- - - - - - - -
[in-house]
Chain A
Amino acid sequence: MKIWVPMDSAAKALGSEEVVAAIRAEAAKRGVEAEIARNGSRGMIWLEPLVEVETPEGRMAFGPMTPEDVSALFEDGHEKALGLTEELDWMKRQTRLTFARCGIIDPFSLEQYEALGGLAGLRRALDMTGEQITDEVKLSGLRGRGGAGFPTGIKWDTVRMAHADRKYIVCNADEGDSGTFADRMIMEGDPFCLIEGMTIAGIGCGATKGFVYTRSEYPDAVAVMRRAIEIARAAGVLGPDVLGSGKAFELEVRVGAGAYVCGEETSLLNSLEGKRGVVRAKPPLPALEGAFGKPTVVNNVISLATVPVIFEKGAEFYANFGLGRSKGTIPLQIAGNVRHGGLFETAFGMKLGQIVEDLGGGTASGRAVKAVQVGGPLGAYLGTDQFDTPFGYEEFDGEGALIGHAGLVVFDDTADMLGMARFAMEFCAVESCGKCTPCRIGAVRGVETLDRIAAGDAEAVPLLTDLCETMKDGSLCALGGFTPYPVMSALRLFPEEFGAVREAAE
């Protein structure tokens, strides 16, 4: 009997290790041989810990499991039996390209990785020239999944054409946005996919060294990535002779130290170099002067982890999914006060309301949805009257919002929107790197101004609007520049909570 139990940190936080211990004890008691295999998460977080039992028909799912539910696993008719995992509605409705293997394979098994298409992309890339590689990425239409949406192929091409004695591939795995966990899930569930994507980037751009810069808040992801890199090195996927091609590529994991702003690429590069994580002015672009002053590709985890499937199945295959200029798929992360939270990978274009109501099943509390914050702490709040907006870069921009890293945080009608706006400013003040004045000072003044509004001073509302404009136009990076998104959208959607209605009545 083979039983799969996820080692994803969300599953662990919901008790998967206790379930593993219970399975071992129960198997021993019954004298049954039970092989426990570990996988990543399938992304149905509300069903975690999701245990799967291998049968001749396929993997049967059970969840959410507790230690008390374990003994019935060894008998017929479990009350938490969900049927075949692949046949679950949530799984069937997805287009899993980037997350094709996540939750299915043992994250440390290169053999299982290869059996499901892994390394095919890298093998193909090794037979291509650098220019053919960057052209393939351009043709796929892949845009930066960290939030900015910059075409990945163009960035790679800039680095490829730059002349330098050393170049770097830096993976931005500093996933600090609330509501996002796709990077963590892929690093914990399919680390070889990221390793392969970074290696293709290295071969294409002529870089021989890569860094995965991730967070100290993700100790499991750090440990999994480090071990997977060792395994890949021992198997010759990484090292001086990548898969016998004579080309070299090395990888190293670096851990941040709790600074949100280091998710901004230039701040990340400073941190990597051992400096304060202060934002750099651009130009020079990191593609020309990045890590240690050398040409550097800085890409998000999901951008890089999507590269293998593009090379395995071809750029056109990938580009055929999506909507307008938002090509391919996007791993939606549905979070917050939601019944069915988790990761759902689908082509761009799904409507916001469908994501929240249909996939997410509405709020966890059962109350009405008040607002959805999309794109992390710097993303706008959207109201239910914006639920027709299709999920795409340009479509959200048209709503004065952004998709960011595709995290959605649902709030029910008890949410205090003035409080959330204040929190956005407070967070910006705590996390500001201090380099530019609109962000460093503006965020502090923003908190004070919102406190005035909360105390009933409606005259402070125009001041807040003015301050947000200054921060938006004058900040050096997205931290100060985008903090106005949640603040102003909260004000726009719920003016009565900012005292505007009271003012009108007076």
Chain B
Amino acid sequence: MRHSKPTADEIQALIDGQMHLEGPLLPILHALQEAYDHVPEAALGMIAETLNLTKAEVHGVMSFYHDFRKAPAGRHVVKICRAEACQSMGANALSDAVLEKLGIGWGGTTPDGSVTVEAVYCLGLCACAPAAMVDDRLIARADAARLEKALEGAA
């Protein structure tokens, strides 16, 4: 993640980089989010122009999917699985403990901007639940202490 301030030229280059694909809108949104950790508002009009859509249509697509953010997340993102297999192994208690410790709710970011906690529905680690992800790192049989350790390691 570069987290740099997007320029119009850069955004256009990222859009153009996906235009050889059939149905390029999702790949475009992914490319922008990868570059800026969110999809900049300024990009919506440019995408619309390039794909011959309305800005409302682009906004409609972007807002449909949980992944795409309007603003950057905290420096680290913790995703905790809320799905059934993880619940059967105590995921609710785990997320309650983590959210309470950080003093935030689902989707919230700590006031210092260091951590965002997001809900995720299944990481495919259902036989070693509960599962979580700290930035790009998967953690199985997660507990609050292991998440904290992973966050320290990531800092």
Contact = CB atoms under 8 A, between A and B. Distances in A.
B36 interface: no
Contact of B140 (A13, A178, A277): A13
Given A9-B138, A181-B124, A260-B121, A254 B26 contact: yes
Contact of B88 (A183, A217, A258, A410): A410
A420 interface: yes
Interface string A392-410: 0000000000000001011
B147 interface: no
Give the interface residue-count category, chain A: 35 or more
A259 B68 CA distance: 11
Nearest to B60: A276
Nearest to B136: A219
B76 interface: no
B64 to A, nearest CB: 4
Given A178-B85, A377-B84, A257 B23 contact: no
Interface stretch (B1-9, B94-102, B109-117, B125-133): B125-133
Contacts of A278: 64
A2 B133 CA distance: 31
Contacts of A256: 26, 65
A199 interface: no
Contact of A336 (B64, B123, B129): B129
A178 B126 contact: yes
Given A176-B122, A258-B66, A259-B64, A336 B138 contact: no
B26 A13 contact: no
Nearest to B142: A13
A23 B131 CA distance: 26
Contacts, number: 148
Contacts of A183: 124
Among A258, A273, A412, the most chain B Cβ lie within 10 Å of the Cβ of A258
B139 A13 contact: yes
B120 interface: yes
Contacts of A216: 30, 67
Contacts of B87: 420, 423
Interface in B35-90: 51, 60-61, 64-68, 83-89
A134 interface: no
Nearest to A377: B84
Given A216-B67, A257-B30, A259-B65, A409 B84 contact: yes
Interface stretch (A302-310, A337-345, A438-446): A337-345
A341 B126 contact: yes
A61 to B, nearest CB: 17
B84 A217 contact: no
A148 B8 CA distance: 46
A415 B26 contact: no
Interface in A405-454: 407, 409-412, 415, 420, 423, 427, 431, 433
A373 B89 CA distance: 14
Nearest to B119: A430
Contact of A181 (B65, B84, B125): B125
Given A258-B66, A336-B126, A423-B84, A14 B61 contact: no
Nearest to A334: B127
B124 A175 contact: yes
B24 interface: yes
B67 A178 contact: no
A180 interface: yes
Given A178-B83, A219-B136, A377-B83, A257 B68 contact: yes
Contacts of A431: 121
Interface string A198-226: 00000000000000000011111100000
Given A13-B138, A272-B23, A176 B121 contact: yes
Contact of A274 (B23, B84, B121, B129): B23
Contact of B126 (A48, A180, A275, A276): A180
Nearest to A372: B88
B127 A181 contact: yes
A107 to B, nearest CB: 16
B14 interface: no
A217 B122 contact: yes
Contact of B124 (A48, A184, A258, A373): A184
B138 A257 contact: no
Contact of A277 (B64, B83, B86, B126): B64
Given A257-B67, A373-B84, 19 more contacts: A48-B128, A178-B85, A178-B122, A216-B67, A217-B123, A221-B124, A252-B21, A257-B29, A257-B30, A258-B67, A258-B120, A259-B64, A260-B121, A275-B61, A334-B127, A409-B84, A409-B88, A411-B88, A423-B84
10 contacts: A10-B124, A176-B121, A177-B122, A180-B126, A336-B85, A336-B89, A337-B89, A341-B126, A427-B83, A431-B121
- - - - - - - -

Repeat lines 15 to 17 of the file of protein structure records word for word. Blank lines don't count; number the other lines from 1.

B147 interface: no
Give the interface residue-count category, chain A: 35 or more
A259 B68 CA distance: 11